So they use those first 111 STRs for Y-111 matching.

              I manage a Big Y-700 kit which has had one update in its terminal SNP in the last year or two, moving from the previous SNP which was estimated at 608 CE, to the current SNP estimated as 978 CE. I expect that eventually, as more people do the Big Y-700, more men will match other private variants for that kit and the terminal SNP will change again, hopefully to get within a genealogical timespan.

              I'm not aware of any formulas or calculators, etc. that would help with the probabilities, but from what I wrote above, I think you can see that Y-37 and Y-111, as STR tests, get you an estimated haplogroup. Doing higher STR level tests don't change the estimated haplogroup, but SNP testing will. Comparing STR testing to the Big Y-700: Big Y-700 tests both STRs and SNPs, but importantly also discovers new variants. When two or more men have the same variant, they form a new branch. Big Y-700 will refine your terminal SNP as more men test and others match your private variants. Your updated terminal SNPs will advance in time (to more recent centuries/decades) as this happens. STR tests can't do that.​

              For lowest cost, you could have your potential relative do an STR test at FTDNA, such as the Y-37, and you then would be able to see if he matches you at that level. If so, he would then share your estimated haplogroup. If the possible relative does a Y-37 and you find he is in the same estimated haplogroup as you, he and you could also do SNP testing to narrow down the branch. That would be a longer path, though, which is why we say do the Big Y-700 and be done with it. Keep an eye out for sales (Father's Day, end-of-year holiday sales).

              But I would say that it would be best to get advice from a project manager for further tests. Join a project for your (uncommon) surname, if one exists, or, since you have an estimated haplogroup from your Y-111 test, join a haplogroup project for that main branch. Some haplogroups have STR packs, to test for sub-branches below the main haplogroup. The only glitch there is that you can then be in a cycle of getting more tests to get further out in the branches of your haplogroup.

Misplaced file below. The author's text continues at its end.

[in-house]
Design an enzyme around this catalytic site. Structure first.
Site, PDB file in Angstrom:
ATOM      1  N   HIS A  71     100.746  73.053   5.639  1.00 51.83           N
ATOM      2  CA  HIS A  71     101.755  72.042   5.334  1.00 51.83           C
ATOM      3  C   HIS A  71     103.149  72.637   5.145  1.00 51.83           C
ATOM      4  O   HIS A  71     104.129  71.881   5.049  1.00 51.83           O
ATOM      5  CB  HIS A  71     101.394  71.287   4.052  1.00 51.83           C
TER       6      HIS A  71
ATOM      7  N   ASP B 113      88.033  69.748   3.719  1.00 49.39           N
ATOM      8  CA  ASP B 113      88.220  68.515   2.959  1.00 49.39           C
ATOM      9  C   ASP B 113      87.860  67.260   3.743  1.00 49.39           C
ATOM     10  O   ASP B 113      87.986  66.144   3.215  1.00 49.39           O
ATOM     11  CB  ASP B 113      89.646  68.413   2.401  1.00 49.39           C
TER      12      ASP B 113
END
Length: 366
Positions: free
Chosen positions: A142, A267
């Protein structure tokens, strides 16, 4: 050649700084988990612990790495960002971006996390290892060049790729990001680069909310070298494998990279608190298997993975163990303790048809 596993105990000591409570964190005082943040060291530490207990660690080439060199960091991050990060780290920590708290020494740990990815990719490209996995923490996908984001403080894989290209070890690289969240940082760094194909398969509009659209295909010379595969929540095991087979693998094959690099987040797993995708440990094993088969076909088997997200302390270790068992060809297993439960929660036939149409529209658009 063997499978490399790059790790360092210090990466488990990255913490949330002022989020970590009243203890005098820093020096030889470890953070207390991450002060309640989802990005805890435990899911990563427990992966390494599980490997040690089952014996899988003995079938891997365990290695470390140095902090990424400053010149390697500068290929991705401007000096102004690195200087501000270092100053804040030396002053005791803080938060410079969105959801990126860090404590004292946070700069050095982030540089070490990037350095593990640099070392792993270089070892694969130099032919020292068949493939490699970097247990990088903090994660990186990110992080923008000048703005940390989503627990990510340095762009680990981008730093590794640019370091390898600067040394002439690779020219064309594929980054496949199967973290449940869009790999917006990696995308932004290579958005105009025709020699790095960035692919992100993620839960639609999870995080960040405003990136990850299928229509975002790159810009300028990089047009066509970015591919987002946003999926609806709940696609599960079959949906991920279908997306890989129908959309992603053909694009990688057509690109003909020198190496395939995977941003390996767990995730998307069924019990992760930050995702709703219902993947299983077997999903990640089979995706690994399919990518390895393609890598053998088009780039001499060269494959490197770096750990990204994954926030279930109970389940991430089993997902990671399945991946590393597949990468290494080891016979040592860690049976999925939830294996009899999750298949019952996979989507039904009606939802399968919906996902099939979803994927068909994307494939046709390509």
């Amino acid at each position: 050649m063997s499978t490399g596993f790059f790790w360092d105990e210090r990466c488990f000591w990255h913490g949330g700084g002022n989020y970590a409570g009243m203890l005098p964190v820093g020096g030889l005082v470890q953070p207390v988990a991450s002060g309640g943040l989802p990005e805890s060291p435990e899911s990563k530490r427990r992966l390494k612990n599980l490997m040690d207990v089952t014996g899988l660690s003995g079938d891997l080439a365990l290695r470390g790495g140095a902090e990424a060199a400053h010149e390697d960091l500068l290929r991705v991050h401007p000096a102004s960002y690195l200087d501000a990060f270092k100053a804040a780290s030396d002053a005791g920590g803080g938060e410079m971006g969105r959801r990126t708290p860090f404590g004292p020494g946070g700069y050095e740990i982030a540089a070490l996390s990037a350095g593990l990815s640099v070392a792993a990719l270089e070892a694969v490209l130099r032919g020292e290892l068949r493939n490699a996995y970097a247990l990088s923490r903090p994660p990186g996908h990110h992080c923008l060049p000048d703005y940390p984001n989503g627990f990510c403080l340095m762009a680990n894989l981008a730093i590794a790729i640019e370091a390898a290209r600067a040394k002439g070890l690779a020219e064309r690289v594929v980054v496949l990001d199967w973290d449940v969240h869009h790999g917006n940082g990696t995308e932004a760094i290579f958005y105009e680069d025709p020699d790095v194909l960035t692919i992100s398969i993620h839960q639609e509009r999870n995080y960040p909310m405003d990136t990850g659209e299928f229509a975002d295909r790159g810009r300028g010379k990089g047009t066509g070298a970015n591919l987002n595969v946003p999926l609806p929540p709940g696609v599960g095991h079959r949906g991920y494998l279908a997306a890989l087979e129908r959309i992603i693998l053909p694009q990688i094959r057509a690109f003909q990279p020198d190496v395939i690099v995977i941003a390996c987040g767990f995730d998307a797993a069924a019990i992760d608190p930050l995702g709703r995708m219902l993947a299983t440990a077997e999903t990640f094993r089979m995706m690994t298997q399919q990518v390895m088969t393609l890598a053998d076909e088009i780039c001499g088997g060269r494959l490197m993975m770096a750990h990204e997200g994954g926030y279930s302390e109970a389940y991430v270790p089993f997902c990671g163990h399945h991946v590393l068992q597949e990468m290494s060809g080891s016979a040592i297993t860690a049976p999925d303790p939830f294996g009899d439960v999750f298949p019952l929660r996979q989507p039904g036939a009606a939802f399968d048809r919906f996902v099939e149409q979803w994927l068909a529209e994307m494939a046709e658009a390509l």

To get what you want, to see where in the 600 year/30 generation window your MRCA would be, you would both need to do the Big Y-700, although it might not put you both in that timespan. Big Y-700 is much more expensive, so unless you are pretty confident you are related via that ancestor, I would hesitate to skip right to Big Y. But, if you either compare first with STR testing, or jump right to Big Y-700, what Big Y-700 will do is:
              • tell you whether this potential relative and you share a private variant, which will place both of you in a new terminal SNP, or
              • tell you that he has a nearby SNP, but not one that shares the same variant defining your SNP (meaning perhaps that you or one of your ancestors had one or more mutations since the common ancestor), or
              • tell you that he is has a different terminal SNP than yours, and is even further away, or not related
              You can take your estimated haplogroup you got from your Y-111 test, and check it on FTDNA's Y-Haplogroup tree. Whatever it is, you will be able to see many branches and twigs below it, and one of those twigs is where you will be if/when you do either SNP testing or the Big Y-700 test.

              BTW - I am not any kind of Y-DNA expert, but I am just relating what I have learned from reading about it, and viewing webinars and videos on Y-DNA and other types of DNA. I believe what I've written above is true, and hope if I made any errors that someone will chip in and correct or refine my comments.​